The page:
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The Dixie Barrel and Drum Site ("Dixie Barrel" or the "Site") is located at 2120 Jones Street in Knoxville, Knox County, Tennessee. The Site is located in a light-industrial area south of downtown Knoxville, TN and approximately one-half mile to the south of the Tennessee River. Additionally, the Site is located on the northern fringe of a residential neighborhood and about several blocks south of an elementary school. At the time of the December 2003 assessment there was evidence of trespassing and vandalism.
From approximately 1976 to 2002, the Site operated as a plastic and steel drum recycling and reconditioning facility. The facility was permitted to accept used drums that contained less than 1 inch of product ["RCRA Empty"]. The reconditioning process [steel drum] involved several stages: The first stage involved manually removing the residues from the drums. The residues were bulked into other "waste drums" that were later shipped off site for disposal; The second stage was a series of corrosive rinses (concentrated acid & caustic); The third stage was a anti-corrosion treatment and preparation for paint; At some point in the processes, each drum went through a DOT specified integrity test in order to be legally sold as a "reconditioned" drum; The final step is repainting the drum and parking the drum into the inventory of the warehouse. Additional storage was located on adjacent property to the south and in a small house structure known as the "Dixie House".
During their operational years, Dixie Barrel maintained a contract with a waste disposal company that managed the waste generated from their reconditioning operations. Dixie Barrel also operated a system that recycled their process waste-water for reuse in their reconditioning processes and also treated their effluent prior to discharge to the City of Knoxville's POTW. Dixie Barrel was subject to City inspections of their effluent and also received periodic inspections by EPA’s Resource Conservation and Recovery Act (RCRA) program. Dixie Barrel was cited for various RCRA violations. The Tennessee Department of Environment and Conservation (TDEC) issued a RCRA enforcement order to the facility in April 2002. The facility failed to comply with the requirements of the order, ceased operations, and filed for bankruptcy.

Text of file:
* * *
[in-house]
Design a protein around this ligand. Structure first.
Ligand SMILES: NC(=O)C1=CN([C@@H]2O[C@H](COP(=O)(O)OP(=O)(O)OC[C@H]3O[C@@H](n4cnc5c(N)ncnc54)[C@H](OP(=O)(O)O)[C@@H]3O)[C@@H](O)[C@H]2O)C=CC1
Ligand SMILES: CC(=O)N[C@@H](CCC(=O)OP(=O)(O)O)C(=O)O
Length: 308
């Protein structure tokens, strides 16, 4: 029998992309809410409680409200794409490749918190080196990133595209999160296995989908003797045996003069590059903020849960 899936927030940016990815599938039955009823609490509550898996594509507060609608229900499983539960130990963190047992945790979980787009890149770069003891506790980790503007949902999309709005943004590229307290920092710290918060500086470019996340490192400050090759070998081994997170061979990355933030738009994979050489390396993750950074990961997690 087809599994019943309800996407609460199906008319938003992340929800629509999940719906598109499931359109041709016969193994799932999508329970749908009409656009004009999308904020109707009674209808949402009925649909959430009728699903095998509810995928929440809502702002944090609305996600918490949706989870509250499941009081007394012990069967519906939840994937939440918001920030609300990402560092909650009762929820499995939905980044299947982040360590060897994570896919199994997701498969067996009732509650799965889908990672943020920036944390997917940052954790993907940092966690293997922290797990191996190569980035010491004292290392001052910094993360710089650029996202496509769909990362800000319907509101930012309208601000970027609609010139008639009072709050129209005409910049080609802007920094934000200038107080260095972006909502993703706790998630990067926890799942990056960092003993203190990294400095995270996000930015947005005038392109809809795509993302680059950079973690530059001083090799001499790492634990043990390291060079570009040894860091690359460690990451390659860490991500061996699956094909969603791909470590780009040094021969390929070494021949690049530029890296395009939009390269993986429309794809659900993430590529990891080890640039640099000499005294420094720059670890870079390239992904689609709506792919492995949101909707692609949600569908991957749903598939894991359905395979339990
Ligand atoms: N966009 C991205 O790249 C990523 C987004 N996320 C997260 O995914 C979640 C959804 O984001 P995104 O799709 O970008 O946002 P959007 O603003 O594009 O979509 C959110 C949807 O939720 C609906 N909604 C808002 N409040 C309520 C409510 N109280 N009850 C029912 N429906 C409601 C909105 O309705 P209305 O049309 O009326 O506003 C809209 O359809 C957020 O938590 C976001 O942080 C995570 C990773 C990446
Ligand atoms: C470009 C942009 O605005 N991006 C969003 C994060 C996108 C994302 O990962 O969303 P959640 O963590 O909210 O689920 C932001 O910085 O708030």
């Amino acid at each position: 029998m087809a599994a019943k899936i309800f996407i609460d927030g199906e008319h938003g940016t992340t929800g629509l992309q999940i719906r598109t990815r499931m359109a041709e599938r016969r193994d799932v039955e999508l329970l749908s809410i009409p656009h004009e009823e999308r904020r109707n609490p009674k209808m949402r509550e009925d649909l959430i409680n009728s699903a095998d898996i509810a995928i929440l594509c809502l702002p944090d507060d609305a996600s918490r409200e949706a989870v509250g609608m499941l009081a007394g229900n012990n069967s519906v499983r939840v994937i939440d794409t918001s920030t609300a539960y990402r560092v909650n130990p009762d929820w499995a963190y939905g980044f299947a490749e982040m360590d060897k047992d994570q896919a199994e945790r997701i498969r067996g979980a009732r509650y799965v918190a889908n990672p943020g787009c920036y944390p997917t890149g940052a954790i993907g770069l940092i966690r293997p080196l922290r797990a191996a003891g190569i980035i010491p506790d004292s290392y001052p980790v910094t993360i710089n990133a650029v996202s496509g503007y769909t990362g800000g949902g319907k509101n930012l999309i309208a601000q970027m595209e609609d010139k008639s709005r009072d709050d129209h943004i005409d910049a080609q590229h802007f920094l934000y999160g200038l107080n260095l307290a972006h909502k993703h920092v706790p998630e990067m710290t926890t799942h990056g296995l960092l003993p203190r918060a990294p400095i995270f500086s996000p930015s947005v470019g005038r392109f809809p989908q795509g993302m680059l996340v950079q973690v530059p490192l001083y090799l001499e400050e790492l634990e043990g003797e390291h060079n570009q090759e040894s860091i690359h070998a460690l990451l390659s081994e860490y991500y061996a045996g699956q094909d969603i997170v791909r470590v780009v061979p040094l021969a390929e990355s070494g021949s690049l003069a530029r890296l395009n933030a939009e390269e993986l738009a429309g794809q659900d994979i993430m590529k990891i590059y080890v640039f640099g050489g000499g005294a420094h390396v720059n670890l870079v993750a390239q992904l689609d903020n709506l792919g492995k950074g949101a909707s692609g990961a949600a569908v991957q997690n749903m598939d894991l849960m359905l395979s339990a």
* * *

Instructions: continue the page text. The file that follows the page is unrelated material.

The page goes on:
TDEC's Division of Superfund referred the site to the EPA Emergency Response and Removal Branch in August 2003 and requested a site assessment be performed. EPA conducted a removal assessment in October 2003. Samples collected during the assessment revealed numerous hazardous substances including lead, chromium, ethyl benzene, and trichloroethylene. Drums stored on site were found in poor condition and stored next to other incompatible chemicals thus elevating the risk of fire and explosion. Treatment vats containing concentrated acid and caustic were found open and posed a serious release and injury risk. The removal assessment data and other information laid the foundation to support a removal action by EPA.
On December 15, 2003 EPA and it’s Emergency Rapid Response Service (ERRS) contractor responded to the site under an Emergency Action Memorandum to mitigate a release from a number of drums on the site and to secure areas of the site where the fence-line was breeched by vandalism. On April 12, 2004 EPA, ERRS, and the Superfund Technical Assessment & Response Team (START) re-mobilized to Site under the existing Emergency Action Memorandum (amended March 10, 2004) to conduct a time-critical removal action to remove waste, threats of release, and effectively secure the Site from vandalism.
* Grub site and set up field operations trailer for EPA, START & ERRS.
* Crush and dispose empty steel drums. Cut and dispose poly-fiber drums. Make room to work on site.
* Perform compatibility testing on drumed waste [bulked residues], chemicals found in and around the process/drum-treatment line, and waste water treatment sludges.
* Consolidate or bulk complatible waste streams and ship off-site for treatment/disposal.
* Transport and dispose of all waste streams at EPA-approved facilities. Recycle waste or demolition debris when applicable.
* Demolish and dispose of the annex storage ["Dixie House"] next door.
* Assess soil contamination under the main building and in the turn-a-round area behind (east side) of building.
* Coordinate with Community Involvement Branch and notify surrounding community of removal activities.
* Work with TDEC representative and resolve issues with the site as neccessary.